In our mobile world, we have an incredibly short attention span as we scroll through our feeds on social media etc. Photos are interpreted 60,000 times faster than text. It takes only 13 milliseconds for your brain to interpret a photo!
The convenience of mobile phone cameras and the popularity of visual marketing have resulted in an unprecedented surge in the use of imagery in our daily lives. This is a great thing! More people are discovering photography and how they can use it in a positive way (both on a professional and personal level). The best thing now-a-days is the realisation that you do not need an expensive camera to get on board.
To make certain your photos stand out and give your audience the ‘WOW’ factor, there are three elements to consider:
- Grab your viewer’s immediate attention;
- Create a strong subject or story;
- Demonstrate strong composition techniques.
Grab your viewer’s attention
Technical elements of a photo can instantly grab our attention:
- Bright and vivid colour
- Contrast - black and white
- Very sharp incredible detail
- Extreme close-up
- A dominant colour
- Different angle or perspective
- Upside down photo
Strong subject or story
Photography is an art form, capturing light and colour in an attempt to tell a story.
To effectively tell a story – you need to be conscious of what you are trying to communicate. Is it a message, a mood, an emotion, an idea or a combination of any of these? What I love about photography is that the viewers can interpret your image differently based on their own experiences and memories.
You do not want to leave your viewer confused about what you are trying to tell them:
- Your main subject needs to be larger than everything else;
- Reposition the main subject (or yourself) to avoid distracting backgrounds;
Try to make an emotional connection - awe, amusement, inspiration, shock, controversy;
Composition is how the main subject and other elements in the image interact with each other. Effective composition can guide the viewer through your photo and ensure they focus on the correct element/s. Knowing how we interpret a typical scene will help us to create an image that is easily understood and increase viewer engagement.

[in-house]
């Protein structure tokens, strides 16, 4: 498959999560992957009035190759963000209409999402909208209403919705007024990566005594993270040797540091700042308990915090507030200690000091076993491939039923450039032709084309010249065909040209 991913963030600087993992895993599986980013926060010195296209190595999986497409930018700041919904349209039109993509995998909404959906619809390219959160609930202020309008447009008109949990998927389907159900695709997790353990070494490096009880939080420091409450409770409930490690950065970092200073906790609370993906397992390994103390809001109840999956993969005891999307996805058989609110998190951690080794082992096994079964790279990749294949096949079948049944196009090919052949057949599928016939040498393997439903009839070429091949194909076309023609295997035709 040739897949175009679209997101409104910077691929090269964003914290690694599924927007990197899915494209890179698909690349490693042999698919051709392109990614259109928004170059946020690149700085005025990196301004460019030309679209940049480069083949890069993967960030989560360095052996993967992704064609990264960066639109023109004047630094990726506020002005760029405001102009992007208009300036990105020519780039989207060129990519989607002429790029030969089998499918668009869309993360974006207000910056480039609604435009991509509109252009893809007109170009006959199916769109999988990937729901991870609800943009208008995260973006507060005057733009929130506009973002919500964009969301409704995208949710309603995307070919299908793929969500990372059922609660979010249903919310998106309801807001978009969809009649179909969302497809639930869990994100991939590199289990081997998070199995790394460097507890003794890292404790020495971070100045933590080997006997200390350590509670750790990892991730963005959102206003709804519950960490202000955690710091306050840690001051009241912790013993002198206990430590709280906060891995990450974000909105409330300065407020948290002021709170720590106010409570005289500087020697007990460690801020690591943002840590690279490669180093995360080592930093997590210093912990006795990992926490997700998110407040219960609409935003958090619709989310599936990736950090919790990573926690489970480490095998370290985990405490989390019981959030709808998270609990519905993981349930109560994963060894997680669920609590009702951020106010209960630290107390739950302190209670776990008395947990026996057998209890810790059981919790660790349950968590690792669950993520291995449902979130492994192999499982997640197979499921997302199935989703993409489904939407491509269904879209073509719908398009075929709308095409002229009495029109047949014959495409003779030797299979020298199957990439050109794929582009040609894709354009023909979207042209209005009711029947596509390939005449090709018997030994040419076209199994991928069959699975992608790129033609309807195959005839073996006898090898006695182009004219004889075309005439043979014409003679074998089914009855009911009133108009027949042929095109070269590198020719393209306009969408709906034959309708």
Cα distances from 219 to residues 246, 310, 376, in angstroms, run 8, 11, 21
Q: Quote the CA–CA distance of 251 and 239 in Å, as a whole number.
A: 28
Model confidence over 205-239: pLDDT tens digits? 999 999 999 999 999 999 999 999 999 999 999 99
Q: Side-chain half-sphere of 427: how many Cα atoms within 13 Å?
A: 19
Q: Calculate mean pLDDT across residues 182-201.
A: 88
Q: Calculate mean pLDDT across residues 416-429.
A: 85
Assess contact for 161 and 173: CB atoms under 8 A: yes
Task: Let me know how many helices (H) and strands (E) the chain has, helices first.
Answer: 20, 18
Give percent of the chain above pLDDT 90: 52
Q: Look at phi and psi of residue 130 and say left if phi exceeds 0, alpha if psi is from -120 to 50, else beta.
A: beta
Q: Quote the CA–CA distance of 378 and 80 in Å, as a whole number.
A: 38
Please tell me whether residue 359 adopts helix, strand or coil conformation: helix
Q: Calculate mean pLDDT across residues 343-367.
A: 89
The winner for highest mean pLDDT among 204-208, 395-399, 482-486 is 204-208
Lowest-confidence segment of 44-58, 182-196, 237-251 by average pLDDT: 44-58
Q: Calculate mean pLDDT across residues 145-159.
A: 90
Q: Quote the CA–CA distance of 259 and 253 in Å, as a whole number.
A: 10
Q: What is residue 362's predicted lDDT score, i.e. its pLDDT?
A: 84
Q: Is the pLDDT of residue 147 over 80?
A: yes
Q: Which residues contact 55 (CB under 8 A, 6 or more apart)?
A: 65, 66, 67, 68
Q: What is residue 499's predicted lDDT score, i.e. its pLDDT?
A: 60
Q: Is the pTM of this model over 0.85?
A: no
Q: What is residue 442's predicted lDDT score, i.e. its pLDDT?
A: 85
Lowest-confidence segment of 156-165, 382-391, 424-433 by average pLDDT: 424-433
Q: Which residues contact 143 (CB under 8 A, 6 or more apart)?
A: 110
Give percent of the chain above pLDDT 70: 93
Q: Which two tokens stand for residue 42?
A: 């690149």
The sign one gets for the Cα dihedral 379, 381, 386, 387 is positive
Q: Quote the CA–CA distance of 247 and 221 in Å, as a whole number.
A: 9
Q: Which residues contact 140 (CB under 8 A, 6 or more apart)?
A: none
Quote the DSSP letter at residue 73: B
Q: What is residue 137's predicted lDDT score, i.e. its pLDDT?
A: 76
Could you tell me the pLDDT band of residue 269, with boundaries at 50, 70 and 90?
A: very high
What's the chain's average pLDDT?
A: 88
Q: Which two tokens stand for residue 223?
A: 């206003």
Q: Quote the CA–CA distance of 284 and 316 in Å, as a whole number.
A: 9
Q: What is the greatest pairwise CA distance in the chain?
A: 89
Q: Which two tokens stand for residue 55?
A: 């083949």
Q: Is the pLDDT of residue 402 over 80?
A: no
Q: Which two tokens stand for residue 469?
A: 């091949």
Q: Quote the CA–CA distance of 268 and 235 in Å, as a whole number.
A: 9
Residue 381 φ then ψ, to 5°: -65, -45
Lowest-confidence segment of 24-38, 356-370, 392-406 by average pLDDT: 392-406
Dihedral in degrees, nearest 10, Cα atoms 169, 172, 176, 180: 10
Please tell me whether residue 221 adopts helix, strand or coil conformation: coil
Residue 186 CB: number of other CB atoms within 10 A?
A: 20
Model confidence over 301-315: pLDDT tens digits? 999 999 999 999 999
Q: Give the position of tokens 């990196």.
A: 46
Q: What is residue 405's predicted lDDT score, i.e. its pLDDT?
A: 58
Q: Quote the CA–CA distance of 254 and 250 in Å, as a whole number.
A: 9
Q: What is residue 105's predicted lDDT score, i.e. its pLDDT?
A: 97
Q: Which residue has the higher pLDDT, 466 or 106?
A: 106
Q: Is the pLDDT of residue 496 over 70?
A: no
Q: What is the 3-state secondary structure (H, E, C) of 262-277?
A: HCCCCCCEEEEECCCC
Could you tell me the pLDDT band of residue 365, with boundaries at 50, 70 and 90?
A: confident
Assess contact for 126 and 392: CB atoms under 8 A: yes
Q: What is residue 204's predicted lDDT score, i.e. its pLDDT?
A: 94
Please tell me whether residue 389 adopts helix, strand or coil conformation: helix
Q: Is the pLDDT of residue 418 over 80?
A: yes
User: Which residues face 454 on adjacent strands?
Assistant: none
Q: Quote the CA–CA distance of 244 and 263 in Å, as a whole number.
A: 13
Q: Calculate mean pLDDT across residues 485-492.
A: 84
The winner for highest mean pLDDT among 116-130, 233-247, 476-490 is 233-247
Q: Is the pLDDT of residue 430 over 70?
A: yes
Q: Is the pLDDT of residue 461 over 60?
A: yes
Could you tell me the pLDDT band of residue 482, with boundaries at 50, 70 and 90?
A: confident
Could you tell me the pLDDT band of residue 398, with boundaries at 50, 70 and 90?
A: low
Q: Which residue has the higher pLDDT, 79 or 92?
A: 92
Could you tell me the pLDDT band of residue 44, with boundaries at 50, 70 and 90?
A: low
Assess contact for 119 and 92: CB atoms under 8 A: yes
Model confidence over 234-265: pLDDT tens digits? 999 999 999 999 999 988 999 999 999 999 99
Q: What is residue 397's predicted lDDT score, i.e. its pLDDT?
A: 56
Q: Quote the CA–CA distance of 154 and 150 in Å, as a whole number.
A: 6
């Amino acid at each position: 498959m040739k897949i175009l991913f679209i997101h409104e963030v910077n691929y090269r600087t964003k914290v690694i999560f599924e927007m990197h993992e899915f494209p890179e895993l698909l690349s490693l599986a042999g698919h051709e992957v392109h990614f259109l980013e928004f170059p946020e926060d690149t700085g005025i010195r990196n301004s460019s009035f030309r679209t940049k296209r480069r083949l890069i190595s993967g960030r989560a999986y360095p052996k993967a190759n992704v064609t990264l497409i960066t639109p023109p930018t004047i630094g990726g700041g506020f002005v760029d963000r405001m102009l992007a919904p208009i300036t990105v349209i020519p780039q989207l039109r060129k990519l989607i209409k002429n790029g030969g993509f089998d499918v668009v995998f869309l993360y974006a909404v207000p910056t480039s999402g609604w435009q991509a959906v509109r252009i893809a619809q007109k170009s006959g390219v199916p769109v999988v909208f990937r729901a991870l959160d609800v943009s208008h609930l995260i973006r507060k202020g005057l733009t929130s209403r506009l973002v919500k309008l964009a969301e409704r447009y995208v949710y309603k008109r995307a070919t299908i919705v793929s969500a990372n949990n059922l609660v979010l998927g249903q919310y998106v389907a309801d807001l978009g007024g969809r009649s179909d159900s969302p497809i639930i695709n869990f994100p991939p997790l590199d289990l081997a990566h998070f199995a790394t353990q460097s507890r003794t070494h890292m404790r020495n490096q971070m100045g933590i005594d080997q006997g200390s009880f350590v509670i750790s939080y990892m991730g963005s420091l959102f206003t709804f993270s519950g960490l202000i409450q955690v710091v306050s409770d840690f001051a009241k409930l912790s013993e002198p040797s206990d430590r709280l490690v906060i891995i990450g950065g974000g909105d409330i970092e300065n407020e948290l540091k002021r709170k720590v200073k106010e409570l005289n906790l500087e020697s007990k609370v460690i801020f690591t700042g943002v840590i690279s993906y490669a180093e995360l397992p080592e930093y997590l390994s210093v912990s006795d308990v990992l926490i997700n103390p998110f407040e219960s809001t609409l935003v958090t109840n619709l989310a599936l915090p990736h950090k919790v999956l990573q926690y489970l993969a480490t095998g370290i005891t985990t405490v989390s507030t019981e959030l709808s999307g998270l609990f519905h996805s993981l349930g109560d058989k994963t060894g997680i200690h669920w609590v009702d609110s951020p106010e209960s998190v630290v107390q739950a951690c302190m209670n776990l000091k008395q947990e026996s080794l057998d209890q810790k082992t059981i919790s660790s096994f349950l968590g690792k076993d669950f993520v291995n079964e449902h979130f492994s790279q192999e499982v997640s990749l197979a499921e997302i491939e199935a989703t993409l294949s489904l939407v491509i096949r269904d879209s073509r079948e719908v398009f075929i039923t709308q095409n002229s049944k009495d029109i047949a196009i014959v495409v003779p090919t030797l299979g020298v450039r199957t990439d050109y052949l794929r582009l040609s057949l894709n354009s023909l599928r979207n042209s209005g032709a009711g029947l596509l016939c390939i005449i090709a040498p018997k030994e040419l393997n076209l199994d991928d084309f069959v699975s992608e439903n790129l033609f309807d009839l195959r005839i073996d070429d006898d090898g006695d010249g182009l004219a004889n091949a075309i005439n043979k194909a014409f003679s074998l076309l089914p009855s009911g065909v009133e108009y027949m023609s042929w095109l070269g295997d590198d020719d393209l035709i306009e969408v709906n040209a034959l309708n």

Basic composition principles or guidelines explained below:
Rule of thirds
You may have noticed that you have an option on some Smartphones to turn on gridlines. These form two horizontal and vertical lines on the screen to create nine imaginary squares on the screen. The idea is to guide your placement of the main subject matter in your photograph. The rule of thirds tells us that the ideal location is directly on one of the four points where the lines intersect. This allows the viewer’s eye to locate the main subject matter, but also have sufficient space to move their attention around to see what else is occurring in the scene.
A symmetrical photo is one that can be split in half either horizontally or vertically and mirrored. This technique produces an aesthetically pleasing image that is intrinsically free of distraction offering balance, harmony and proportion.
Lines occur everywhere. Strategically capturing them in your image will lead your viewer’s attention to the main subject or simply further into the scene. This provides depth and a three dimensional look to a photo. A well constructed photo may even have further lines included, leading our attention in a circuitous route around the photo.
When you pick up your Smartphone, think about what is motivating you to take the photo. This will help you concentrate on structuring your photo in order to best communicating that story or moment.
If you would like to learn more about achieving the most from your Smartphone camera - Better Mobile Photos holds group mobile photography workshops and business consultations in Geelong and Melbourne.
Remember - Be passionate, Be creative and Keep learning.
Also published on Medium.